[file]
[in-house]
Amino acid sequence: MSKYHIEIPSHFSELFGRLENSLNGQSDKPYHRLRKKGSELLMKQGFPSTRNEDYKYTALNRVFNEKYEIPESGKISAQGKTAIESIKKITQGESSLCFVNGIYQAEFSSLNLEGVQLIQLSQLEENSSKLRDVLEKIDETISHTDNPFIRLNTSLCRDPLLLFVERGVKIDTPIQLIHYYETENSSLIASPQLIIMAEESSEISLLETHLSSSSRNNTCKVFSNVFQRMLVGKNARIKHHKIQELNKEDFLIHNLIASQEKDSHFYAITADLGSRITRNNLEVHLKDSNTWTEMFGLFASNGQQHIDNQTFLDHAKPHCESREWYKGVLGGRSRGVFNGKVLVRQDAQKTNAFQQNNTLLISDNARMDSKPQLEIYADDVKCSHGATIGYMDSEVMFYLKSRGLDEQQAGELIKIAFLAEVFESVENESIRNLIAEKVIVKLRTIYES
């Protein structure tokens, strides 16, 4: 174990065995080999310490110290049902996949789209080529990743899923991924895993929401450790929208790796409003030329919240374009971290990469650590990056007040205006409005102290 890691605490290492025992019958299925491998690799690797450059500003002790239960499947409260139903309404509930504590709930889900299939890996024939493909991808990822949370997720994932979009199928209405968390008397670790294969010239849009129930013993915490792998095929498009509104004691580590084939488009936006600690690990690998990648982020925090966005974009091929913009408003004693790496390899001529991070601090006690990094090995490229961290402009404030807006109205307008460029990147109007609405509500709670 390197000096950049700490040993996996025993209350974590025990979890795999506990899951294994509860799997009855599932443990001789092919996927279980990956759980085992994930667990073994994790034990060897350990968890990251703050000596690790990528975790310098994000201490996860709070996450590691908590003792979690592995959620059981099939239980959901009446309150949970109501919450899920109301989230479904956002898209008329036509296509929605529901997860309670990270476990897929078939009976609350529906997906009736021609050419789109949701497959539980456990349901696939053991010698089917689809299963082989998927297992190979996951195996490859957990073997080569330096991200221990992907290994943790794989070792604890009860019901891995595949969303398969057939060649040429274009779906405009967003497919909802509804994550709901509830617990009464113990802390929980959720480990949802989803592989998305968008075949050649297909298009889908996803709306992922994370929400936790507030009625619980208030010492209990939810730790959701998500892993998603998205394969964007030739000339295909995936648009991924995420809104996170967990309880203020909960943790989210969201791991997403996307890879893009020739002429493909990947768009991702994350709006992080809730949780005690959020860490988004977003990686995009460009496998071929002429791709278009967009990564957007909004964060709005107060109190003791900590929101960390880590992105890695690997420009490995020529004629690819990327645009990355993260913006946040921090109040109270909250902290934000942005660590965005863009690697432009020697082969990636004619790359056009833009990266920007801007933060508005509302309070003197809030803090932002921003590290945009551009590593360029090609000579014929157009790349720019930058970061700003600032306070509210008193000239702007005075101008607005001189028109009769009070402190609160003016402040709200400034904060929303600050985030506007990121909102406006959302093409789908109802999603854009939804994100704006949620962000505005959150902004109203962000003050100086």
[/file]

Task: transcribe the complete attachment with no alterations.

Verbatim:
[in-house]
Amino acid sequence: MSKYHIEIPSHFSELFGRLENSLNGQSDKPYHRLRKKGSELLMKQGFPSTRNEDYKYTALNRVFNEKYEIPESGKISAQGKTAIESIKKITQGESSLCFVNGIYQAEFSSLNLEGVQLIQLSQLEENSSKLRDVLEKIDETISHTDNPFIRLNTSLCRDPLLLFVERGVKIDTPIQLIHYYETENSSLIASPQLIIMAEESSEISLLETHLSSSSRNNTCKVFSNVFQRMLVGKNARIKHHKIQELNKEDFLIHNLIASQEKDSHFYAITADLGSRITRNNLEVHLKDSNTWTEMFGLFASNGQQHIDNQTFLDHAKPHCESREWYKGVLGGRSRGVFNGKVLVRQDAQKTNAFQQNNTLLISDNARMDSKPQLEIYADDVKCSHGATIGYMDSEVMFYLKSRGLDEQQAGELIKIAFLAEVFESVENESIRNLIAEKVIVKLRTIYES
């Protein structure tokens, strides 16, 4: 174990065995080999310490110290049902996949789209080529990743899923991924895993929401450790929208790796409003030329919240374009971290990469650590990056007040205006409005102290 890691605490290492025992019958299925491998690799690797450059500003002790239960499947409260139903309404509930504590709930889900299939890996024939493909991808990822949370997720994932979009199928209405968390008397670790294969010239849009129930013993915490792998095929498009509104004691580590084939488009936006600690690990690998990648982020925090966005974009091929913009408003004693790496390899001529991070601090006690990094090995490229961290402009404030807006109205307008460029990147109007609405509500709670 390197000096950049700490040993996996025993209350974590025990979890795999506990899951294994509860799997009855599932443990001789092919996927279980990956759980085992994930667990073994994790034990060897350990968890990251703050000596690790990528975790310098994000201490996860709070996450590691908590003792979690592995959620059981099939239980959901009446309150949970109501919450899920109301989230479904956002898209008329036509296509929605529901997860309670990270476990897929078939009976609350529906997906009736021609050419789109949701497959539980456990349901696939053991010698089917689809299963082989998927297992190979996951195996490859957990073997080569330096991200221990992907290994943790794989070792604890009860019901891995595949969303398969057939060649040429274009779906405009967003497919909802509804994550709901509830617990009464113990802390929980959720480990949802989803592989998305968008075949050649297909298009889908996803709306992922994370929400936790507030009625619980208030010492209990939810730790959701998500892993998603998205394969964007030739000339295909995936648009991924995420809104996170967990309880203020909960943790989210969201791991997403996307890879893009020739002429493909990947768009991702994350709006992080809730949780005690959020860490988004977003990686995009460009496998071929002429791709278009967009990564957007909004964060709005107060109190003791900590929101960390880590992105890695690997420009490995020529004629690819990327645009990355993260913006946040921090109040109270909250902290934000942005660590965005863009690697432009020697082969990636004619790359056009833009990266920007801007933060508005509302309070003197809030803090932002921003590290945009551009590593360029090609000579014929157009790349720019930058970061700003600032306070509210008193000239702007005075101008607005001189028109009769009070402190609160003016402040709200400034904060929303600050985030506007990121909102406006959302093409789908109802999603854009939804994100704006949620962000505005959150902004109203962000003050100086």